What is Value Vs Growth Stock

Investors that are active in the stock market will come across two types of stocks. These include value and growth stocks. Both of these stocks provide varying risks and rewards. On top of that, there are several other differences that set these stocks apart. While there are no specific definitions for what value or growth stocks are, there are some distinguishing characteristics that each of these stocks illustrates.

What is Value Stock?

Value stocks represent any shares traded in the stock market that have a market value lower than their intrinsic value. Intrinsic value represents the present value of all expected cash flows from that stock discounted at an appropriate discount rate. As the market price for these stocks is lower than what they should be worth, value stocks represent undervalued stocks.

Due to the lower prices, value stocks have the potential to realize their intrinsic value. If an investor buys value stocks, they have the opportunity to benefit if the stock’s intrinsic and market values equalize in the future. The primary source of return on value stocks is the income that investors will get from the price differences.

What is Growth Stock?

Growth stocks represent any shares traded in the market that have a significantly higher estimated growth rate. Usually, most stocks in the stock market promise growth. However, growth stocks illustrate a higher growth rate than the market average. It means that these stocks have the potential to outperform the market in the future.

Unlike value stocks, however, growth stocks have similar market and intrinsic values. Therefore, investors do not have the opportunity to benefit from any profits from price differences. Sometimes, growth stocks may also come with a valuation higher than their intrinsic value due to the higher potential growth in the future. The primary source of return for investors with growth stock is the future growth in earnings.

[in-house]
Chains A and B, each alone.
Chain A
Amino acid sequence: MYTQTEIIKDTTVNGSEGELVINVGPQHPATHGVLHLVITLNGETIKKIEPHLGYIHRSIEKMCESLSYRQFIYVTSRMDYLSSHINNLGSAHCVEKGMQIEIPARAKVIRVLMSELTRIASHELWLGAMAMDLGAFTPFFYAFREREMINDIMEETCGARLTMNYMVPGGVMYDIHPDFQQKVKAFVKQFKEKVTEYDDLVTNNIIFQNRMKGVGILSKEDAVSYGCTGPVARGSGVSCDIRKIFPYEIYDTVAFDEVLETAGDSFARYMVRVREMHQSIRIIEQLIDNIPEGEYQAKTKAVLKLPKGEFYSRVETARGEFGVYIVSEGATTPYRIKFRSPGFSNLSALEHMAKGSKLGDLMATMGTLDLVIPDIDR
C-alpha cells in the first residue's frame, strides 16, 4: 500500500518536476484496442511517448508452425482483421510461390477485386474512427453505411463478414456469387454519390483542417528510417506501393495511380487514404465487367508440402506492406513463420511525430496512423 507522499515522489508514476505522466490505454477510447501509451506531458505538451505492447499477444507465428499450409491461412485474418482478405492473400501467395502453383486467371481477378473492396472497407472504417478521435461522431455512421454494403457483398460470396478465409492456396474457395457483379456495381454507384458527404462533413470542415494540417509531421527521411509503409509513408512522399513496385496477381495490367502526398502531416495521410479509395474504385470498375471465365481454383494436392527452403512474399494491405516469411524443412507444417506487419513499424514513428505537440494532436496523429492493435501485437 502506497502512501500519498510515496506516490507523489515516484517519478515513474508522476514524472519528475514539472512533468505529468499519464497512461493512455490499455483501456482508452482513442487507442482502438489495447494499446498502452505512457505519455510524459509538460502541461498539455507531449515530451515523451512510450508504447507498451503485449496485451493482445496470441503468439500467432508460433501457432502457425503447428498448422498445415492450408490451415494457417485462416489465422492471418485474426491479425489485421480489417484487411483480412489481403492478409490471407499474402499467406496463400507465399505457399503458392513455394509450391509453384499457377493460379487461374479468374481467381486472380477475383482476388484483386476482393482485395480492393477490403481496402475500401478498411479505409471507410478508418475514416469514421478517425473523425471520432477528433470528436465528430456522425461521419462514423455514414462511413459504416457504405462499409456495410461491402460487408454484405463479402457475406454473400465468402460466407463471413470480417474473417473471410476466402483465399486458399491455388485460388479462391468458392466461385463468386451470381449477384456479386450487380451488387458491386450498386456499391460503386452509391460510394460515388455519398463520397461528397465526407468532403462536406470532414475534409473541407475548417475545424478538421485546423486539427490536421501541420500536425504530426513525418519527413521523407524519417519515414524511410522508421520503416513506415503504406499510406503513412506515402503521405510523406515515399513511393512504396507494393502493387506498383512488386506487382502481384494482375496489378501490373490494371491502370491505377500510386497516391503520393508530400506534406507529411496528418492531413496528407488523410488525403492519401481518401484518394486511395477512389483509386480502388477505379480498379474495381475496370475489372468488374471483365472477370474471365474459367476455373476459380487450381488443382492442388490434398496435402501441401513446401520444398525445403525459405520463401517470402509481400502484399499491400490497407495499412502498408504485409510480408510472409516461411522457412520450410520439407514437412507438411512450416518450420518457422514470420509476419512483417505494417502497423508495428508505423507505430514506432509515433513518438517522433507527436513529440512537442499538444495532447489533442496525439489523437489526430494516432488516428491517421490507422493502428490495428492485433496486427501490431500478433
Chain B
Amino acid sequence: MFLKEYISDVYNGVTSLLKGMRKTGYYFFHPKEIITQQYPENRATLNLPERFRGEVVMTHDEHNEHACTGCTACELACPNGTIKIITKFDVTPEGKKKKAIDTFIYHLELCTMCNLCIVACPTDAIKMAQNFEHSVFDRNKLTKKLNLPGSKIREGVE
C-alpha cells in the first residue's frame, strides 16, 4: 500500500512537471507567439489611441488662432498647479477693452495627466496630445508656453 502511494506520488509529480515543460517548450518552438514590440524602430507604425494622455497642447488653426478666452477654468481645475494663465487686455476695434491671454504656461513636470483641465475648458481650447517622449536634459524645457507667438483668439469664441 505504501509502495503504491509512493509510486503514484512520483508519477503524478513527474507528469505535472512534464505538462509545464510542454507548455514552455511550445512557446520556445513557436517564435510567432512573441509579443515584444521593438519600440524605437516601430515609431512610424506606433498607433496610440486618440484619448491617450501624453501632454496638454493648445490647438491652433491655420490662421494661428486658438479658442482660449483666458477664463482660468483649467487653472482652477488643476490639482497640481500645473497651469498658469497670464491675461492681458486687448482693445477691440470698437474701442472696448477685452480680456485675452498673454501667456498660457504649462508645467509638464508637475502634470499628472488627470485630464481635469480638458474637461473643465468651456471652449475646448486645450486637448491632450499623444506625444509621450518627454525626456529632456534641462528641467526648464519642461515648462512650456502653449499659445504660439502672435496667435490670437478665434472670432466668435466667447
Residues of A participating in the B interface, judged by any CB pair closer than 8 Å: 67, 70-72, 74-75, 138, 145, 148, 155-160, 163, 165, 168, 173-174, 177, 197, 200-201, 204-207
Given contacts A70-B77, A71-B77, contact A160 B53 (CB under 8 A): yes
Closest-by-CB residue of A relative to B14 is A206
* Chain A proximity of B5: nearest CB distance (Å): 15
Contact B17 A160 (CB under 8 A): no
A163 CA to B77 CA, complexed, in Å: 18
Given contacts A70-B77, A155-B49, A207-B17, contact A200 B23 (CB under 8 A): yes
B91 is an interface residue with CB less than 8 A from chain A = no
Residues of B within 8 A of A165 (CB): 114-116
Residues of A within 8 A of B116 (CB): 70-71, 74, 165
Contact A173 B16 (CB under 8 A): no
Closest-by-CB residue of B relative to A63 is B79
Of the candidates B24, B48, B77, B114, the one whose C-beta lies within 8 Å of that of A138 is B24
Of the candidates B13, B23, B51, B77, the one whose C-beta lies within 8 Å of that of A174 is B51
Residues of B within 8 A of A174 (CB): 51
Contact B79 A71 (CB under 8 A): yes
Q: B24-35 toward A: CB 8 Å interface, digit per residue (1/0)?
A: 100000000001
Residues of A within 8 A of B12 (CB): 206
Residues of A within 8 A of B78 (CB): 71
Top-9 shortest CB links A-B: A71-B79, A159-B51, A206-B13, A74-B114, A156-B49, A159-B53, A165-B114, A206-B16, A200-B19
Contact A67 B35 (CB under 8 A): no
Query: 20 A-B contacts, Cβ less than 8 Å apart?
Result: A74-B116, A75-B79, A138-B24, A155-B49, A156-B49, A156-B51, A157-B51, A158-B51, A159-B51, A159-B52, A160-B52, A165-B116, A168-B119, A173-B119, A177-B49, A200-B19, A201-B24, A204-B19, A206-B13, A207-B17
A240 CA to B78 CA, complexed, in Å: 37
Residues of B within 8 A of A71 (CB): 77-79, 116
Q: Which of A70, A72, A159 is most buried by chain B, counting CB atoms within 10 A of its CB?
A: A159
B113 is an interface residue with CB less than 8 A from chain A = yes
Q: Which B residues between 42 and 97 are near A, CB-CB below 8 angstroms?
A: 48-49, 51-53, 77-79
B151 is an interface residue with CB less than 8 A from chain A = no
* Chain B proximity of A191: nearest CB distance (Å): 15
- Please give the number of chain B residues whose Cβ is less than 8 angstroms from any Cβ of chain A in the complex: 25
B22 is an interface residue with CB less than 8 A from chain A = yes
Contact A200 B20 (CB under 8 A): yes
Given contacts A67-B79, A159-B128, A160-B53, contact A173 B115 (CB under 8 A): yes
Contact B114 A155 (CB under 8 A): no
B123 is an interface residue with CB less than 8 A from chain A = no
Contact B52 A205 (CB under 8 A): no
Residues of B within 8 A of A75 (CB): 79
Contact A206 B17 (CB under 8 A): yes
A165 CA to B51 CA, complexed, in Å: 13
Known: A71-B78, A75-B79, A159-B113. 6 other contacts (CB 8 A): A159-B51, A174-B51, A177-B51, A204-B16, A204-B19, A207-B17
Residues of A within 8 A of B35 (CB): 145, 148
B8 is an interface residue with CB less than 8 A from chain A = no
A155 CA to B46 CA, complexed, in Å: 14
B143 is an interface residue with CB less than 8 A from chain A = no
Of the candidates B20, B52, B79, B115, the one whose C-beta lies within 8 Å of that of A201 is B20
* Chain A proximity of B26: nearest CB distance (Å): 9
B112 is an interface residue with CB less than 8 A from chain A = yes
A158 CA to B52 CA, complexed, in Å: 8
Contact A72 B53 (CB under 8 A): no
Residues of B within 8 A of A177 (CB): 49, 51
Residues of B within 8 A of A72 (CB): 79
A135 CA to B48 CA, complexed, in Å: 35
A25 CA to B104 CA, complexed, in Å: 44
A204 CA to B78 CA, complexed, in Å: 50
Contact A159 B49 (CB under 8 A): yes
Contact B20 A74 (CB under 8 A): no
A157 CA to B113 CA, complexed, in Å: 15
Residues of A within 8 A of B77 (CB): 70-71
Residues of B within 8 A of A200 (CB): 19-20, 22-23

What are the differences between Value and Growth Stock?

The above definitions of value vs growth stocks should allow investors to understand the differences between these stocks. However, there are some other characteristics that distinguish value and growth stocks. One of these differences includes the methods investors use to differentiate between value vs growth stock.

Usually, investors calculate the intrinsic value of several stocks and compare it to their market value. On top of that, they may use ratios such as the price-to-earnings ratio, price-to-equity ratio, current ratio, etc. Based on these, investors can determine if a stock is undervalued. In contrast, investors look at metrics such as earnings per share, earnings before taxes, return on equity, etc., to identify growth stocks.

Value and growth stocks also differ according to the company’s size. Usually, value stocks come from large, well-established companies. The difference in their stock valuation may come from temporary factors. On the other hand, growth stocks may consist of companies of all sizes. However, these are not established companies. Instead, these companies have a substantial potential to grow in the future.

Lastly, value and growth stocks are different in the risks they involve. As mentioned, value stocks are from well-established companies. Therefore, the risks involved in value investing are lower. However, these also provide lower returns. On the other hand, growth stocks have higher risks but come with potentially higher returns.

Conclusion

Investors often confuse value and growth stocks. However, both of these are different from each other based on several characteristics. Value stocks represent undervalued investments that will return to their market value in the future. Growth stocks, on the other hand, are stocks that promise higher growth than the market average.

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